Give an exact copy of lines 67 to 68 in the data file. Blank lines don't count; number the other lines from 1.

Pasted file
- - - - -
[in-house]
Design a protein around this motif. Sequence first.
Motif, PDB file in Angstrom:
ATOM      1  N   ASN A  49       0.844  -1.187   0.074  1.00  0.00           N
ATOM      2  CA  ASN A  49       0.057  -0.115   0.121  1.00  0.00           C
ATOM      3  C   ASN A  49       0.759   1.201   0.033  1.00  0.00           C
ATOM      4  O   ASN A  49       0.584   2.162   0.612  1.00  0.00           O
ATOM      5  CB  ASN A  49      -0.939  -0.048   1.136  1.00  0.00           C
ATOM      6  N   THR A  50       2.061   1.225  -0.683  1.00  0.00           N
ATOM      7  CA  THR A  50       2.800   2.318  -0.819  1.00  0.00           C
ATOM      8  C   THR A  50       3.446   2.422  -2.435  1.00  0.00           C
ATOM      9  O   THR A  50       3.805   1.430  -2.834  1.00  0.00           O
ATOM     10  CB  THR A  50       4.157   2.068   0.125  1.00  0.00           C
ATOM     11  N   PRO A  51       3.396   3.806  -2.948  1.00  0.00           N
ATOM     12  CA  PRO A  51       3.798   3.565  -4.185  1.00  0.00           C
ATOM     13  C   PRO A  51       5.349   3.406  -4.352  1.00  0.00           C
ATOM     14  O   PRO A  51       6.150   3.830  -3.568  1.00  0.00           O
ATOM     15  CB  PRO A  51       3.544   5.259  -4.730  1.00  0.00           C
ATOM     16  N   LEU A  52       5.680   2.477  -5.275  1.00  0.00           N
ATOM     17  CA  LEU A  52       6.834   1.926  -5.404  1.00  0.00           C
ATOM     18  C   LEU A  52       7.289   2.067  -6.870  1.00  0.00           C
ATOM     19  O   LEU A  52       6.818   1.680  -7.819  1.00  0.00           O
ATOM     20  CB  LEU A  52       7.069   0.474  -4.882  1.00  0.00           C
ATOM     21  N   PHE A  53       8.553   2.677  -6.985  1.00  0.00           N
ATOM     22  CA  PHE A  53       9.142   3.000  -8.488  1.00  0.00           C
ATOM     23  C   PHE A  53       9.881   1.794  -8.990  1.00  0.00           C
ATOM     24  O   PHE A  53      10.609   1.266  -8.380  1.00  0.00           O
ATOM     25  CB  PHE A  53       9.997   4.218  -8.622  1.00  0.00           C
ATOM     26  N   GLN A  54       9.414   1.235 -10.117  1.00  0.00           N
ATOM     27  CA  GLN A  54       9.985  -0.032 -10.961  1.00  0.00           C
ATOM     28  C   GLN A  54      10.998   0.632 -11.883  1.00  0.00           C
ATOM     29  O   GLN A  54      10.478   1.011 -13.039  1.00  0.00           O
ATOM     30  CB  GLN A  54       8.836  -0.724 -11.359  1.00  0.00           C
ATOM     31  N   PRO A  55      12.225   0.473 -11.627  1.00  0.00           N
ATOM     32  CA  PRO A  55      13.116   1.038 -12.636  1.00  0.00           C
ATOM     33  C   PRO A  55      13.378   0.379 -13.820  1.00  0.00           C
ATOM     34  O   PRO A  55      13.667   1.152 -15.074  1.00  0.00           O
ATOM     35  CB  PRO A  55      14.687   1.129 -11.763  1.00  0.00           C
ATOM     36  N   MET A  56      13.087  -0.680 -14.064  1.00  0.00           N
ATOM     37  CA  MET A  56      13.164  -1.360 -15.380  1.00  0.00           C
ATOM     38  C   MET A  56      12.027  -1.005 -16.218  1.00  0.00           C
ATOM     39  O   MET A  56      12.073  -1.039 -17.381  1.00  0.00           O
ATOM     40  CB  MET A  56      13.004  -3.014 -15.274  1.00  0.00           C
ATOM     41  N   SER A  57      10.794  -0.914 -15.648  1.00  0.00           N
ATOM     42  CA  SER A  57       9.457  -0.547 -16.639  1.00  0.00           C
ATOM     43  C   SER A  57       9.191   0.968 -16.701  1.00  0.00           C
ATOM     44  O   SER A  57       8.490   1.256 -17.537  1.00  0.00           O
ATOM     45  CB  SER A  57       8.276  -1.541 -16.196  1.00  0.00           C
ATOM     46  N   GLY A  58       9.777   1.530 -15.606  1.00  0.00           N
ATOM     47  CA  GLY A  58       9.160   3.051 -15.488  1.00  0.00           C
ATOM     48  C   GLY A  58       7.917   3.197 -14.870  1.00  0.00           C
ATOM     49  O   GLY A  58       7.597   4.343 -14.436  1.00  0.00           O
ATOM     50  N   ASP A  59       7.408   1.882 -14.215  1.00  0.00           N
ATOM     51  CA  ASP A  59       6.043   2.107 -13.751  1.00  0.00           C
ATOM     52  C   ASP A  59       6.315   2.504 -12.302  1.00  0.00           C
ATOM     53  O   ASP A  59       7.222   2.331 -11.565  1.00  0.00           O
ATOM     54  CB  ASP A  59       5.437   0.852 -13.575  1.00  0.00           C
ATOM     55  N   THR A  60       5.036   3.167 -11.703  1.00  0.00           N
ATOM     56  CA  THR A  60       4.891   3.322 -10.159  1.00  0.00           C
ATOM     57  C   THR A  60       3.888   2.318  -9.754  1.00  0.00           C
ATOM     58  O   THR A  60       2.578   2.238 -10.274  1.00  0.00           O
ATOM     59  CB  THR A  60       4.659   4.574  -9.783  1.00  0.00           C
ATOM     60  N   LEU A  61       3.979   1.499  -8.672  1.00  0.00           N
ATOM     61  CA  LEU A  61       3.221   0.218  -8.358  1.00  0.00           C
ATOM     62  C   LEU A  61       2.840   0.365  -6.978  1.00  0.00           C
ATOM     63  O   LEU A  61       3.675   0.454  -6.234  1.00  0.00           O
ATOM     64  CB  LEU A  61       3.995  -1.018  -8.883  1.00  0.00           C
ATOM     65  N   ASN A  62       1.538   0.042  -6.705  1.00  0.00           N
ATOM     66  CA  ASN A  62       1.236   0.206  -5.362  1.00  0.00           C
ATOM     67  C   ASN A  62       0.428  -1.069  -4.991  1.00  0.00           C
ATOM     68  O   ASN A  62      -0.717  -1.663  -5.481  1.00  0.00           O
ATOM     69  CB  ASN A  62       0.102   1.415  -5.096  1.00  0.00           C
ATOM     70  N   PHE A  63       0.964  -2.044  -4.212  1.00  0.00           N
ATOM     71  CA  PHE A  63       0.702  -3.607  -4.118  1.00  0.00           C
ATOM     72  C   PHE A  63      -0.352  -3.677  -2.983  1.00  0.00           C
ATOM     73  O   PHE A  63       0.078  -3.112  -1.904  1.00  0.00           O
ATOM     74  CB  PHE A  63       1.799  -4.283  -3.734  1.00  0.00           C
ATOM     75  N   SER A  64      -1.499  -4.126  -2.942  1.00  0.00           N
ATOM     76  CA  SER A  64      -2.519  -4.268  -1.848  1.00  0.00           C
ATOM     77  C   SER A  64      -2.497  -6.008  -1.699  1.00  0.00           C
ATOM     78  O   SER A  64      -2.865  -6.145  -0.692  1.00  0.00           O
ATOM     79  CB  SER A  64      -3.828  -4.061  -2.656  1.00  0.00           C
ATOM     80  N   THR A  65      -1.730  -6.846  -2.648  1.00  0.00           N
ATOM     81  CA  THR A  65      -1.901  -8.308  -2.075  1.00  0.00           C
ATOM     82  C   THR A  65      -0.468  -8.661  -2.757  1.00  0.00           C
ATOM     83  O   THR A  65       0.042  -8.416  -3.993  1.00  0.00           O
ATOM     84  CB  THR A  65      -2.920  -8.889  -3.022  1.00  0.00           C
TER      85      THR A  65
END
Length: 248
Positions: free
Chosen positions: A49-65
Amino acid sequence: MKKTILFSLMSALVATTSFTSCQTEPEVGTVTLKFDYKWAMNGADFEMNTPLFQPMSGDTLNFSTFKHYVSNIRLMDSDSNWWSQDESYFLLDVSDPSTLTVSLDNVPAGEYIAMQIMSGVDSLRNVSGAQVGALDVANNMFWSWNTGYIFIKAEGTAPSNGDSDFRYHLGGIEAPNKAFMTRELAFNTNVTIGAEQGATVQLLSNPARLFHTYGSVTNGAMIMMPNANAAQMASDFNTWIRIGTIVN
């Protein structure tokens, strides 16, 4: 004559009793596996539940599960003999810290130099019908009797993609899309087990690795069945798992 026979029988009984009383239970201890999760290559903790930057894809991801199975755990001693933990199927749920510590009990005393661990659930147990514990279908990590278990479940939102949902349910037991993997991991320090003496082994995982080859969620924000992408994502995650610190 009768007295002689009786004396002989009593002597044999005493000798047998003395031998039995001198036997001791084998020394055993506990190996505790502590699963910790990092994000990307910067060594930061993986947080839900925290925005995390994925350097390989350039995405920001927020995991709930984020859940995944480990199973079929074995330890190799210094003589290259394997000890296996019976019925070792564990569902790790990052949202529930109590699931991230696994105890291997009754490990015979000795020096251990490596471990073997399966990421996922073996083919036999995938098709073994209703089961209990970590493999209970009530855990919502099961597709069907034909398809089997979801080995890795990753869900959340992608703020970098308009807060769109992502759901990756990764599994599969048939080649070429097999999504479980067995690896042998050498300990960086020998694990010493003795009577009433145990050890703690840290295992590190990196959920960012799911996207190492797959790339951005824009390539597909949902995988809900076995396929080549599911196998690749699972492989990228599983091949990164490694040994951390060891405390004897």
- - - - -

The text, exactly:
ATOM     64  CB  LEU A  61       3.995  -1.018  -8.883  1.00  0.00           C
ATOM     65  N   ASN A  62       1.538   0.042  -6.705  1.00  0.00           N